Not simple without even considering the commitment football supporters feel to supporting their side. Irrespective of this lack of connection with the club, there still a need to connect with the side, and offer support. The support the team and not the regime mantra one that isn’t always easy to follow, but the efforts of Charlton fans, from Brighton to Bury, have remained outstanding.
A feeling of being something of a traitor, and turning your back on your club, should you allow apathy or disconnection to result in a lack of attendance. It wrong to think that, as it has been instilled by the actions of this poisonous regime, but the nature of a football supporter’s mentality means it will exist.
It’s why my admiration for those who have boycotted buying a season ticket this season after years of support is so great. Who were able to sacrifice any last connection that remained with this Charlton, in addition to the feelings that supporting a football club and attending games at The Valley provides in normal circumstances, in the hope their rather bold actions would further increase the pressure on this regime, and force them to sell.
It wasn’t something, in spite of the fact this will be my 13th year as a season ticket holder in comparison to the many who have temporarily given up theirs after many more seasons of service, I felt I was capable of doing.
A certain amount of guilt exists, but lessened by the fact a large part of my decision to renew is particularly person. Following Charlton home and away provides the only real distraction I have during the winter months from my mental health issues, and I didn’t wish to lose that.
That despite the fact following the Addicks has become increasingly chore-like in recent months. Were it not for my somewhat irrational commitment to keeping this blog constantly updated, and my need to experience the one social setting I feel comfortable in at least once a week, I imagine apathy from the disconnection that has been created by this regime would have taken over.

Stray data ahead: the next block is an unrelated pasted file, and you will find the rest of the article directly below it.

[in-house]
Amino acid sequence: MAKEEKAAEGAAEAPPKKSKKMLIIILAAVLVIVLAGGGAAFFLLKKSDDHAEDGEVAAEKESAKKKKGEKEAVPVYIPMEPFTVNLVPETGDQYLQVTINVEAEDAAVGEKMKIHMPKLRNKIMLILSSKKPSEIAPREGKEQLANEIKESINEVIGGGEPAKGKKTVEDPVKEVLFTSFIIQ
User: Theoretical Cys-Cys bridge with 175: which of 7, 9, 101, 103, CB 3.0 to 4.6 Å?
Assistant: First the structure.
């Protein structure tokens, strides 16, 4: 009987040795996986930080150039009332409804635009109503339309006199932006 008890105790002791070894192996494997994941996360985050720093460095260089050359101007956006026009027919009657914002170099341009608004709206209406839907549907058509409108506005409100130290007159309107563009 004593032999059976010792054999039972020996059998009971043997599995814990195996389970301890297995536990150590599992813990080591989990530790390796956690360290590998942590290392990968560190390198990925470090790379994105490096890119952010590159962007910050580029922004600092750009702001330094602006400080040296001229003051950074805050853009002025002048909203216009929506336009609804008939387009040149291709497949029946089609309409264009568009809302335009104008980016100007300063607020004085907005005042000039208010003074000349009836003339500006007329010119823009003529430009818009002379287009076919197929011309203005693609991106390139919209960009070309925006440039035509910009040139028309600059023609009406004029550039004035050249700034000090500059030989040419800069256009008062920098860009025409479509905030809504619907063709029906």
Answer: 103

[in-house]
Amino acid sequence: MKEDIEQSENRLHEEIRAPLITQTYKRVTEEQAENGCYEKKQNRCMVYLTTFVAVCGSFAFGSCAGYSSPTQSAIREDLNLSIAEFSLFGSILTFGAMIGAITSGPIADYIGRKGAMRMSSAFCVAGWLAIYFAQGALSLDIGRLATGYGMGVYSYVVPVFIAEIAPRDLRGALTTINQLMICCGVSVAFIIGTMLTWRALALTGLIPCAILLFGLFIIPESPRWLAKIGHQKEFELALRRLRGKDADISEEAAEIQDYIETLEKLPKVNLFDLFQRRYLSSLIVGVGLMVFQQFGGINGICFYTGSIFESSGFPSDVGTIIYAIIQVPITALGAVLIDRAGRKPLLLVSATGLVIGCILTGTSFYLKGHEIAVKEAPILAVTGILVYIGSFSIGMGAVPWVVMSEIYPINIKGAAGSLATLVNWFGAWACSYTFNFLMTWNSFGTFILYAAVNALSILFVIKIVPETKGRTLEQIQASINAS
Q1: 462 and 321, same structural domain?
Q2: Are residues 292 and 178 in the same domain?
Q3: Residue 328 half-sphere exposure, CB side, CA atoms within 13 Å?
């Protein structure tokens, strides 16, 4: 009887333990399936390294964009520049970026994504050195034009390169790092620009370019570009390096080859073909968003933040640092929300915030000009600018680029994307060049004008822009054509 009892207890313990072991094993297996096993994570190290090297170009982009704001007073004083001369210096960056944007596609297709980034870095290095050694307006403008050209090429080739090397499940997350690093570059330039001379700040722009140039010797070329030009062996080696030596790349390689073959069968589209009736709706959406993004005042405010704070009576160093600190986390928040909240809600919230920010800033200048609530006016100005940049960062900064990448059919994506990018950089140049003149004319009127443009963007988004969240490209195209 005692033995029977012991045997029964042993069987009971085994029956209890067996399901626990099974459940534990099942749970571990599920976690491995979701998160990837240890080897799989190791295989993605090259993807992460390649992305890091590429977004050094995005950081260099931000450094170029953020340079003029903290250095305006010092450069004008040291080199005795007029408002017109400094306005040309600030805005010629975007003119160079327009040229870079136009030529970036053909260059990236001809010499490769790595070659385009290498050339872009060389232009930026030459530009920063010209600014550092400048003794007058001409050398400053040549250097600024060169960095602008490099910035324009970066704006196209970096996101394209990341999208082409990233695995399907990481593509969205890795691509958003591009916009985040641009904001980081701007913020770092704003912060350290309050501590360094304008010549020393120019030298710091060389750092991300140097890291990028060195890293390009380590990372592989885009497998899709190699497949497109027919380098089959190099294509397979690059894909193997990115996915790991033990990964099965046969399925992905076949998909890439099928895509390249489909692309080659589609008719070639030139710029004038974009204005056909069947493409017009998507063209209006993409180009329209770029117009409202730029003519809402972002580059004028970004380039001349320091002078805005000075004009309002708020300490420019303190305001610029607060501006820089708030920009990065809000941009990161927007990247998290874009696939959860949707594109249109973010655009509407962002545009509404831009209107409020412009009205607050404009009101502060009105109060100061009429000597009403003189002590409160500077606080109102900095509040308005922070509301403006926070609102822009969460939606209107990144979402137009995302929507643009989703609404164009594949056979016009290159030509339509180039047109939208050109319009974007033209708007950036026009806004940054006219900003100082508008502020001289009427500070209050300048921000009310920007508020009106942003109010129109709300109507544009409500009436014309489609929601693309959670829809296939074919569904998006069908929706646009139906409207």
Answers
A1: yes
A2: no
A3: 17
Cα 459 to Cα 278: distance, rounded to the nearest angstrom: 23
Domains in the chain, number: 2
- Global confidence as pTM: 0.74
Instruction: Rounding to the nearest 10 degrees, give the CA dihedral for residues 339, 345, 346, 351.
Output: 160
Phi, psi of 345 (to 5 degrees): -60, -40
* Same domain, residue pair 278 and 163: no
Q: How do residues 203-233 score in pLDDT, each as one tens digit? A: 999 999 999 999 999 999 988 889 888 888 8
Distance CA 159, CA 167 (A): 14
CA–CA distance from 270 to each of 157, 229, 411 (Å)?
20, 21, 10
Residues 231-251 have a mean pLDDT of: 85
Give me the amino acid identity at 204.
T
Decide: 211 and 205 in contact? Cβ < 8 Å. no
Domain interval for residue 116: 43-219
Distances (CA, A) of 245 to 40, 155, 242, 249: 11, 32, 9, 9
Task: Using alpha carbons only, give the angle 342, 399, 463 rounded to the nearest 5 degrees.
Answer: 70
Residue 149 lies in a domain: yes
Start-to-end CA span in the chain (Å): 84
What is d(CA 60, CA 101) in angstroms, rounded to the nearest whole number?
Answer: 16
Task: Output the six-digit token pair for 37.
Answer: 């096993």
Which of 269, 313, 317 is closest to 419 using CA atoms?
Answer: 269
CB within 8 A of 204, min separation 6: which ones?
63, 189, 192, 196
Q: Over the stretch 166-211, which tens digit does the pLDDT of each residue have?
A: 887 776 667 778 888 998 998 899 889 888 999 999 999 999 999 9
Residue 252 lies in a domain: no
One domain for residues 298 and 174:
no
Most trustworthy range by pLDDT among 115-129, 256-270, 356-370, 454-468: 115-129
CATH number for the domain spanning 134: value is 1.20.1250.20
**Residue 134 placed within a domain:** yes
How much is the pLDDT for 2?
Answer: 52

The Valley has, in the past, been a true place of escapism for me. Charlton fans, too, providing me with a sense of belonging at times when I have felt particularly isolated. This blog occasionally providing me with a sense of self-worth when it might have been otherwise desperately lacking.
And though I find it impossible to give elements of that up, there is no doubting that regardless of the fact I will remain a season ticket holder for this season, I will be unlikely to experience the same sort of escapism. I didn’t for much of last season, as the disconnection grew.
That the real damage that this regime has done, and I’m glad the letter has highlighted that to a wider audience, rather than simply on-the-pitch failings. That many more will now be aware of the way committed supporters are being treated by their club, to the point where many have felt the need to give up their season tickets, and those that haven’t are effectively doing so out of habit or a desperate hope to cling onto some sort of connection.
Despite this growing disconnection, despite this growing apathy, and despite this growing feeling that we are being made to feel unwelcomed by our own club, there must continue to be fight shown against this regime. Whether that be by boycotting The Valley, or continuing to voice and show opposition for those who will still attend. Apathy, in the sense of allowing Duchatelet and Meire to do as they please, cannot win.
But with each new insulting action from this regime, it becomes increasingly difficult not to be overwhelmed by disconnection. The days where I’ve had to talk myself out of simply giving up are countless, and that is incredibly upsetting.
I simply just want to be able to have an untainted relationship with my football club. Something I’m not going to be able to have while this regime remains.